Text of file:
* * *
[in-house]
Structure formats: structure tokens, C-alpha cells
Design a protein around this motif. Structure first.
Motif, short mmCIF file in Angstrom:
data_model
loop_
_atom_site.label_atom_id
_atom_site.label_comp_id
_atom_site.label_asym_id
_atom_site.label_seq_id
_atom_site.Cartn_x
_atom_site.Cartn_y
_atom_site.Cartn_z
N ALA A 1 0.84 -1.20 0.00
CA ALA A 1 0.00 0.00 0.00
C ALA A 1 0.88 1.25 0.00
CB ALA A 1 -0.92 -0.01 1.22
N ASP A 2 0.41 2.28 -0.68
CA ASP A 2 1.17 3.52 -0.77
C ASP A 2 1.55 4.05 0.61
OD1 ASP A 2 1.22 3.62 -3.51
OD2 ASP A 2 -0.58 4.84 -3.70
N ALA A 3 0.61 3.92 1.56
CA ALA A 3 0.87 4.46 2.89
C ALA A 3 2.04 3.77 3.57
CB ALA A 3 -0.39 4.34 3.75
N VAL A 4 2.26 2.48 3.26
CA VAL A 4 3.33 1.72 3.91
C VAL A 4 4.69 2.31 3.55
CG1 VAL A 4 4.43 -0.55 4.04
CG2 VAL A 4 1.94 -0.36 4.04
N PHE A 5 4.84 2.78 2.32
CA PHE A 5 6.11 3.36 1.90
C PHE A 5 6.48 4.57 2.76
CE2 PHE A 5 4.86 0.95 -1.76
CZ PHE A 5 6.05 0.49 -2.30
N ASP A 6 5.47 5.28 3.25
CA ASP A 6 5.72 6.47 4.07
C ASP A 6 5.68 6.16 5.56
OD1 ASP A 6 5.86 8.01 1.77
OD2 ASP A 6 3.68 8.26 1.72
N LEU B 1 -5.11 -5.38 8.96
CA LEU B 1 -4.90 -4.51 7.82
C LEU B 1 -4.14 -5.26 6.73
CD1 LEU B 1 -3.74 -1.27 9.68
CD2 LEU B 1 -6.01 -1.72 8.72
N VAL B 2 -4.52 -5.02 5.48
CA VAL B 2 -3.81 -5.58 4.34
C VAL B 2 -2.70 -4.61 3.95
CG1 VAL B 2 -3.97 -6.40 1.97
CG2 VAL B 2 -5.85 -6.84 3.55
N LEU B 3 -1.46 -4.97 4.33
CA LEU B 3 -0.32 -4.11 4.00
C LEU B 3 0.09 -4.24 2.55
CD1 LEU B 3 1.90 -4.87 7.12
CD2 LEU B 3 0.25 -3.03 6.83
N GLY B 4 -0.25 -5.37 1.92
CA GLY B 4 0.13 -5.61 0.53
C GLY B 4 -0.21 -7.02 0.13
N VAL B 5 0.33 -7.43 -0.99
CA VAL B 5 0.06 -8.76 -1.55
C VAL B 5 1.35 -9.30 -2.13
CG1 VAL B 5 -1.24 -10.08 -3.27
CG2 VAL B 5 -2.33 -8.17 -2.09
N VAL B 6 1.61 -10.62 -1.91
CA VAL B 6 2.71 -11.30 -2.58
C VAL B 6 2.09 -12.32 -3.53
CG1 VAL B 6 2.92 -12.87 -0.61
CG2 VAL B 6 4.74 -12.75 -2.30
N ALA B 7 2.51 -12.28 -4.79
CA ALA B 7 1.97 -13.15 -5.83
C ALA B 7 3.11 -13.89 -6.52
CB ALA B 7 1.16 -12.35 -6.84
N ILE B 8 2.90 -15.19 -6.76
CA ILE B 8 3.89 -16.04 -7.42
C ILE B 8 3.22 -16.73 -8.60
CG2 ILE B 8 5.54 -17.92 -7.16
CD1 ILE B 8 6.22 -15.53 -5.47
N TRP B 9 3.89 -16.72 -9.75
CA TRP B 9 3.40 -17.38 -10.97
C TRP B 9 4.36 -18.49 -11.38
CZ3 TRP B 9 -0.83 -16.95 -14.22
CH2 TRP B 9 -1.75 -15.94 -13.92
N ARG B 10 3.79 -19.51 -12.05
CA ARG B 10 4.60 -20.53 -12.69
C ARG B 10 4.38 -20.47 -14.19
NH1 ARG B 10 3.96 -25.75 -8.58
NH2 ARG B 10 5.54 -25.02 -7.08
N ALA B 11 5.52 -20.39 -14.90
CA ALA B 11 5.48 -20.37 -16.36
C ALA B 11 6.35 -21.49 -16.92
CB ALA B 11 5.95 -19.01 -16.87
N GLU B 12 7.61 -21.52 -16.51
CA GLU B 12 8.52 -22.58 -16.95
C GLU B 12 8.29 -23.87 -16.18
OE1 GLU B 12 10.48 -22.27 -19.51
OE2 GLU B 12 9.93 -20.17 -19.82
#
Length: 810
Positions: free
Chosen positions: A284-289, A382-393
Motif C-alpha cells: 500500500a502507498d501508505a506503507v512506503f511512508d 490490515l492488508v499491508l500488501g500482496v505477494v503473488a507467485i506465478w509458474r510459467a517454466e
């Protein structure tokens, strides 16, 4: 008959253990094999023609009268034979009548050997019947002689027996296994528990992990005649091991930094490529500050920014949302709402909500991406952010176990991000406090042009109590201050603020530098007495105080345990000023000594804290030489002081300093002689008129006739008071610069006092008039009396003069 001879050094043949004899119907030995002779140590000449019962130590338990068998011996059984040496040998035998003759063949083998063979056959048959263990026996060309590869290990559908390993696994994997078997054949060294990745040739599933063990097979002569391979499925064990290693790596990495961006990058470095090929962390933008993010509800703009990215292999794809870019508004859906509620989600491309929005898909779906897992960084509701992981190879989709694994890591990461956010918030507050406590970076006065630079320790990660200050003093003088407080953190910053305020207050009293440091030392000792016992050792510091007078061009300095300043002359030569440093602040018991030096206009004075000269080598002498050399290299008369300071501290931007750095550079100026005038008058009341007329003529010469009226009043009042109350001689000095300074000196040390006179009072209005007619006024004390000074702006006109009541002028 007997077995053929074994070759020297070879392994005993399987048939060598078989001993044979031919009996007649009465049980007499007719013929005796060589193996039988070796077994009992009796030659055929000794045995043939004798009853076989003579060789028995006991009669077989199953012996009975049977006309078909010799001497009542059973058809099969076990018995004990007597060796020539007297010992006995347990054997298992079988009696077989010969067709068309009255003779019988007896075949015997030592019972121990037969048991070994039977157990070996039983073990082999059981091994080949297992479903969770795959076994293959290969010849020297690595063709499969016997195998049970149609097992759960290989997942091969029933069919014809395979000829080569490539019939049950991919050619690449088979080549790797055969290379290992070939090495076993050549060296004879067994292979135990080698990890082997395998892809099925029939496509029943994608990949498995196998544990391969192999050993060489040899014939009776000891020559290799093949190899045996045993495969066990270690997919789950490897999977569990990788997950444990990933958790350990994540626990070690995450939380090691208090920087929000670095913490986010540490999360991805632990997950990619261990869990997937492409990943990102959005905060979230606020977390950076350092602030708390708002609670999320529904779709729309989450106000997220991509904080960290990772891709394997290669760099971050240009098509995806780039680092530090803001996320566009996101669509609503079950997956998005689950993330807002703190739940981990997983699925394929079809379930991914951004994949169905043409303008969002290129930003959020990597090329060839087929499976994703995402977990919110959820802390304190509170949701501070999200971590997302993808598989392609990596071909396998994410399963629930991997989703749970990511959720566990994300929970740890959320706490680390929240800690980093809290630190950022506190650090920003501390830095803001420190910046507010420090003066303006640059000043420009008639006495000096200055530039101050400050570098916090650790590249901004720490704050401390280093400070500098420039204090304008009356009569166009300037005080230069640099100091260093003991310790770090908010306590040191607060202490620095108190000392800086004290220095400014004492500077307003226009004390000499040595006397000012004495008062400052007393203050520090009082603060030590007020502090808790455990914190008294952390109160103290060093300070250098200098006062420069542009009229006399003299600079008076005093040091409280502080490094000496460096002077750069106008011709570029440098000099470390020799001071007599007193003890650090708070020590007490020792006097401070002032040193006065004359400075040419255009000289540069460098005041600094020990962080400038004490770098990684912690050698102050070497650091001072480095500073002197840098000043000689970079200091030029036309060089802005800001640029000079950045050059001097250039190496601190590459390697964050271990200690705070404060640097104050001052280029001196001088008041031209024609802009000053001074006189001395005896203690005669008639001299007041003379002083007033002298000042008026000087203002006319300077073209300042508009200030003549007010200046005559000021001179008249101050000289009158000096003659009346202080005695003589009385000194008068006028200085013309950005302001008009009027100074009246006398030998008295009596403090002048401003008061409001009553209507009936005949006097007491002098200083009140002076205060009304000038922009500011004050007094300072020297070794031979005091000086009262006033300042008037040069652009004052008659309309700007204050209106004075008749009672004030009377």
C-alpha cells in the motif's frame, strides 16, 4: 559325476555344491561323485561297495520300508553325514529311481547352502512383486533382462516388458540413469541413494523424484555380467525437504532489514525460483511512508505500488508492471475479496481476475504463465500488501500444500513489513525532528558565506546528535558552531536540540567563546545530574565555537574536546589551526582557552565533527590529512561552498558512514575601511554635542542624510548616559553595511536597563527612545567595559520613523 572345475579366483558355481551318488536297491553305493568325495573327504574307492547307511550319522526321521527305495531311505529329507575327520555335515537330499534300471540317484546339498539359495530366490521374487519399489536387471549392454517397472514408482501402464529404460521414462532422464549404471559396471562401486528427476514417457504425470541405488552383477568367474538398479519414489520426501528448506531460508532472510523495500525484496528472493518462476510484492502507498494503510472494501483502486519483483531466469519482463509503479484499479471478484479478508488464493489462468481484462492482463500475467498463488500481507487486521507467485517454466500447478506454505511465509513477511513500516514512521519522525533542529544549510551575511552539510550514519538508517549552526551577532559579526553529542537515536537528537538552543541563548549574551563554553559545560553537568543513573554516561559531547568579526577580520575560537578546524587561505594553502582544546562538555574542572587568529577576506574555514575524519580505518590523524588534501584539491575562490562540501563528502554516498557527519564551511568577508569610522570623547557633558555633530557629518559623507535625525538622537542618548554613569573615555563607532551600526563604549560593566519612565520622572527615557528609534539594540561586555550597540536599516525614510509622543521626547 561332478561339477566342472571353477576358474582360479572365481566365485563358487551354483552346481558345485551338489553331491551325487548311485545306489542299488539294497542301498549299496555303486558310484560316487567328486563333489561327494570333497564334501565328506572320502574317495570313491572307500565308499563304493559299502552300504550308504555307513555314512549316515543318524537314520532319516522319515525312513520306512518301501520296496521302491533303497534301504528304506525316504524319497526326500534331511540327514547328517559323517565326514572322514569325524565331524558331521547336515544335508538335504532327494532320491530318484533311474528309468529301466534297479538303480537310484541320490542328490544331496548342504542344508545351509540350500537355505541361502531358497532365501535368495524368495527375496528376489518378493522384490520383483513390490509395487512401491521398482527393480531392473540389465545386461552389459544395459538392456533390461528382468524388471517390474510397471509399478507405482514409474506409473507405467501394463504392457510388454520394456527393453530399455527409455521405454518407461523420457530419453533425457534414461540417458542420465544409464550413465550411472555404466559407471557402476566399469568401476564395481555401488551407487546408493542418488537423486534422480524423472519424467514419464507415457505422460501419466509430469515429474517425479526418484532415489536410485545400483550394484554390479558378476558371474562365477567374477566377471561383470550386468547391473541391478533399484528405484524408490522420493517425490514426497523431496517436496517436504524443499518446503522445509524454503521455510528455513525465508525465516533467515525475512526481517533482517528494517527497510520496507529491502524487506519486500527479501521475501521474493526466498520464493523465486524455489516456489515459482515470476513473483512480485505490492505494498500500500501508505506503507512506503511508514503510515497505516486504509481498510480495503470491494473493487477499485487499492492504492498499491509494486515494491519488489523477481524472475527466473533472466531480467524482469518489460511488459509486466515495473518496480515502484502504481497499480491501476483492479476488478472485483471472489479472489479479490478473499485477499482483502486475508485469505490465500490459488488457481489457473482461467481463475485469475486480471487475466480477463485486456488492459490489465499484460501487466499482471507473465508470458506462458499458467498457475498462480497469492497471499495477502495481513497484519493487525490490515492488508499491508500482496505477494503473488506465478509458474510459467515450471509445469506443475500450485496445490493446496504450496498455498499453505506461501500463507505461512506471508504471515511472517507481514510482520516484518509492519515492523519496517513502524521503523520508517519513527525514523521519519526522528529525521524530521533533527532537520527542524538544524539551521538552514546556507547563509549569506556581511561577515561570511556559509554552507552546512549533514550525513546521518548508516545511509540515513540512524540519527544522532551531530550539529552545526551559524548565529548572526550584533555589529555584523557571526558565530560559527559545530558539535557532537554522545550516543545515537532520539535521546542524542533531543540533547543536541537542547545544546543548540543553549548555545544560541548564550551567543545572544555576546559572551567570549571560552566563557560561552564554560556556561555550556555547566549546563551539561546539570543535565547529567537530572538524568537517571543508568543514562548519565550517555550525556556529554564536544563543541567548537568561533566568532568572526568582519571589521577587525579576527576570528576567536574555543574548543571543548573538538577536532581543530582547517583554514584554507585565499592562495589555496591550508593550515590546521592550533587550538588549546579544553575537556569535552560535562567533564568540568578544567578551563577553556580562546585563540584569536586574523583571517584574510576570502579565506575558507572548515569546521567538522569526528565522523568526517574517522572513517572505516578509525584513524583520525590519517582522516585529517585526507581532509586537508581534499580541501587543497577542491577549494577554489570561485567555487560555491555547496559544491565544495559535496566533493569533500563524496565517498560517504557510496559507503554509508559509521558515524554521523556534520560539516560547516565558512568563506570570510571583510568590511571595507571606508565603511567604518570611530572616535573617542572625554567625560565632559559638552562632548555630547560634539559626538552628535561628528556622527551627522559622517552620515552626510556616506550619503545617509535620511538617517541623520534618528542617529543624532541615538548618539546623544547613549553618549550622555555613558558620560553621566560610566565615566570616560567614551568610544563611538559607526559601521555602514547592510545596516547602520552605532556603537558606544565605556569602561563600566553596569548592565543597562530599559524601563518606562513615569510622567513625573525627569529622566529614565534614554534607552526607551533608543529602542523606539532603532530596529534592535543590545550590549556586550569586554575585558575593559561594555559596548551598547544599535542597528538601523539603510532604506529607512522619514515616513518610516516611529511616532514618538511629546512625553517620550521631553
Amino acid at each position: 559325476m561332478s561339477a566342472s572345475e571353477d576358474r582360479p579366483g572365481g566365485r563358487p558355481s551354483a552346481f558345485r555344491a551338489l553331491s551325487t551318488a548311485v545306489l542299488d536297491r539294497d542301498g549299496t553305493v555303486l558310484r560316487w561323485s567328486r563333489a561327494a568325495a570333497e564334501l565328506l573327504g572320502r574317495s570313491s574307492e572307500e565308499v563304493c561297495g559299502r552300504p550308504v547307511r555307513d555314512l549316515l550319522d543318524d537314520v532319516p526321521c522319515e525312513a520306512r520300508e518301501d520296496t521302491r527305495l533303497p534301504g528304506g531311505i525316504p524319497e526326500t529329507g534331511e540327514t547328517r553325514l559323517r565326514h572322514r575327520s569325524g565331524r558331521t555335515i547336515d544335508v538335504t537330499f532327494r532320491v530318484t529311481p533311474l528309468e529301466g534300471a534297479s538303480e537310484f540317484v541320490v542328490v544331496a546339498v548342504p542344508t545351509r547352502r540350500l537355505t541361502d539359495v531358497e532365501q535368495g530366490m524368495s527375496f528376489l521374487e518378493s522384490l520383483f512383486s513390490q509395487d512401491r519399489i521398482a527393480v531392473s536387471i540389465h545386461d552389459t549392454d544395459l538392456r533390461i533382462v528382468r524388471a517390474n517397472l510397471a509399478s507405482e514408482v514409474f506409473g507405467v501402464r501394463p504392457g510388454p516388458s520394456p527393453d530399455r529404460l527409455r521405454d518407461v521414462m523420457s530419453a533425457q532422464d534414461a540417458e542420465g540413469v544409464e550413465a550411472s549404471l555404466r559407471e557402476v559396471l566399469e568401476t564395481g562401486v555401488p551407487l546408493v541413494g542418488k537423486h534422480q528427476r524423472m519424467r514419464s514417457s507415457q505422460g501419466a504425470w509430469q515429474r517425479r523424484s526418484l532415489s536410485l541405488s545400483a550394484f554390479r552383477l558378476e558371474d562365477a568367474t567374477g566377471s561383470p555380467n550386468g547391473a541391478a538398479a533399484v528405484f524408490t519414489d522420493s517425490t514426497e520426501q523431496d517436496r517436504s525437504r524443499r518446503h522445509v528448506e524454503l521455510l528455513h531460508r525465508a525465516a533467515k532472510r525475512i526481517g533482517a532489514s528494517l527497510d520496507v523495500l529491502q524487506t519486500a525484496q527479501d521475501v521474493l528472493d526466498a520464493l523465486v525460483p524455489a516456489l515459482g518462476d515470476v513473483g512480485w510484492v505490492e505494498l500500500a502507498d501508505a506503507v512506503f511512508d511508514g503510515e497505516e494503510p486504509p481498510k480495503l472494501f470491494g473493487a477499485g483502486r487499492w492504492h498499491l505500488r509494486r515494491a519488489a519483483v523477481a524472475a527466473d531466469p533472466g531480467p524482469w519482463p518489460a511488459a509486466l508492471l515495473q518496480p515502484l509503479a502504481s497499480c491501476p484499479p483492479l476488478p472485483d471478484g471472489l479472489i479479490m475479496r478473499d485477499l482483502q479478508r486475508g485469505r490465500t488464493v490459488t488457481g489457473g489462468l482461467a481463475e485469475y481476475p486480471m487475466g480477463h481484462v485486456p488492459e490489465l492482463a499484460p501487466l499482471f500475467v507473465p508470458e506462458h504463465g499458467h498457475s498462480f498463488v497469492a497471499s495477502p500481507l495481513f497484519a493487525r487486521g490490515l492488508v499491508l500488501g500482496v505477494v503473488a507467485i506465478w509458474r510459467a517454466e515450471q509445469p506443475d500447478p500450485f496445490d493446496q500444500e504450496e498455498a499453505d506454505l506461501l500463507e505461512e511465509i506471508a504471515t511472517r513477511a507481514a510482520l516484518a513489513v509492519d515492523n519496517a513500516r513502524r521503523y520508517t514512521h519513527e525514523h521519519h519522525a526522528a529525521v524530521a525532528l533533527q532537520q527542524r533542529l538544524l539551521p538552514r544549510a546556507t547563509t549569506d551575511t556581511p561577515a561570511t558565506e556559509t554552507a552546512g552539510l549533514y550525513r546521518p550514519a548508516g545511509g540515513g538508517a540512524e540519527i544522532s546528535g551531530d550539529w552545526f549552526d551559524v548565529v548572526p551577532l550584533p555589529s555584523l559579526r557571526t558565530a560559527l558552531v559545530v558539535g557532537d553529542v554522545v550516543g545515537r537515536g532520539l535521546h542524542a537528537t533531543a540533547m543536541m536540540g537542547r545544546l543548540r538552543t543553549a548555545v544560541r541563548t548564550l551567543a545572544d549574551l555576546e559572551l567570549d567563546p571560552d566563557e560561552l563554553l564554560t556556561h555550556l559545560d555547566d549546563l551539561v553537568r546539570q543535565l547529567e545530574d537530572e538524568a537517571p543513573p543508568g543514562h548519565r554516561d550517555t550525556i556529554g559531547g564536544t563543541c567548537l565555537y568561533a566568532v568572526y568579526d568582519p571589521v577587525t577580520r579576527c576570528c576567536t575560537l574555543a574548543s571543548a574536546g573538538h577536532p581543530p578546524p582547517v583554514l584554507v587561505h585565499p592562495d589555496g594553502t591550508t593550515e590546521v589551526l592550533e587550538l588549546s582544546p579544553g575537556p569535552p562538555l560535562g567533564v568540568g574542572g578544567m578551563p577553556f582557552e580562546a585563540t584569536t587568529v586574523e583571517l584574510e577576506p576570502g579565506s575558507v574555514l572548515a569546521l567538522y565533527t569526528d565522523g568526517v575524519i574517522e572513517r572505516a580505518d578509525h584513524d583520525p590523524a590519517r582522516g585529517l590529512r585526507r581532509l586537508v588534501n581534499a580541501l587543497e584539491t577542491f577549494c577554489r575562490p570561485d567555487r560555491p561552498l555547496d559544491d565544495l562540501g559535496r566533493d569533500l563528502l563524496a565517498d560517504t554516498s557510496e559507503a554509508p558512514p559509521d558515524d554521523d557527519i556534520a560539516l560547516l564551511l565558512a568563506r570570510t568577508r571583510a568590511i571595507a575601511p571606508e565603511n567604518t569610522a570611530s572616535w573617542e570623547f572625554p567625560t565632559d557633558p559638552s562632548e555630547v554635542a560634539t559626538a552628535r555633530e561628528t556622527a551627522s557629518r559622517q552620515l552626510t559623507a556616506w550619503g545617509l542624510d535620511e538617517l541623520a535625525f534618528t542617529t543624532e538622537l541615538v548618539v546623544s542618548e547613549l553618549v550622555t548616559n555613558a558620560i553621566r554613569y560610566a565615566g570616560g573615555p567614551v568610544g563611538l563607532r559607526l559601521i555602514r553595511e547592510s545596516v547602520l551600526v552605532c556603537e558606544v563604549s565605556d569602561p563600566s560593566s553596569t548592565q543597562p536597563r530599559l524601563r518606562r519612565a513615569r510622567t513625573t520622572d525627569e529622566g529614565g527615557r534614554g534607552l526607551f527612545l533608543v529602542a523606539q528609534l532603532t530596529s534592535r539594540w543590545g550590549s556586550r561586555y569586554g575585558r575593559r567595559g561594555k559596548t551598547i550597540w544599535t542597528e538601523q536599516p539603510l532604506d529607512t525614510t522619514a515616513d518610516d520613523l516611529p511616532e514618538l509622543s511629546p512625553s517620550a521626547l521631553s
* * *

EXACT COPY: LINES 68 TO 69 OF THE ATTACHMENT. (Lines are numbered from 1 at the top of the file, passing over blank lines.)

CG1 VAL B 6 2.92 -12.87 -0.61
CG2 VAL B 6 4.74 -12.75 -2.30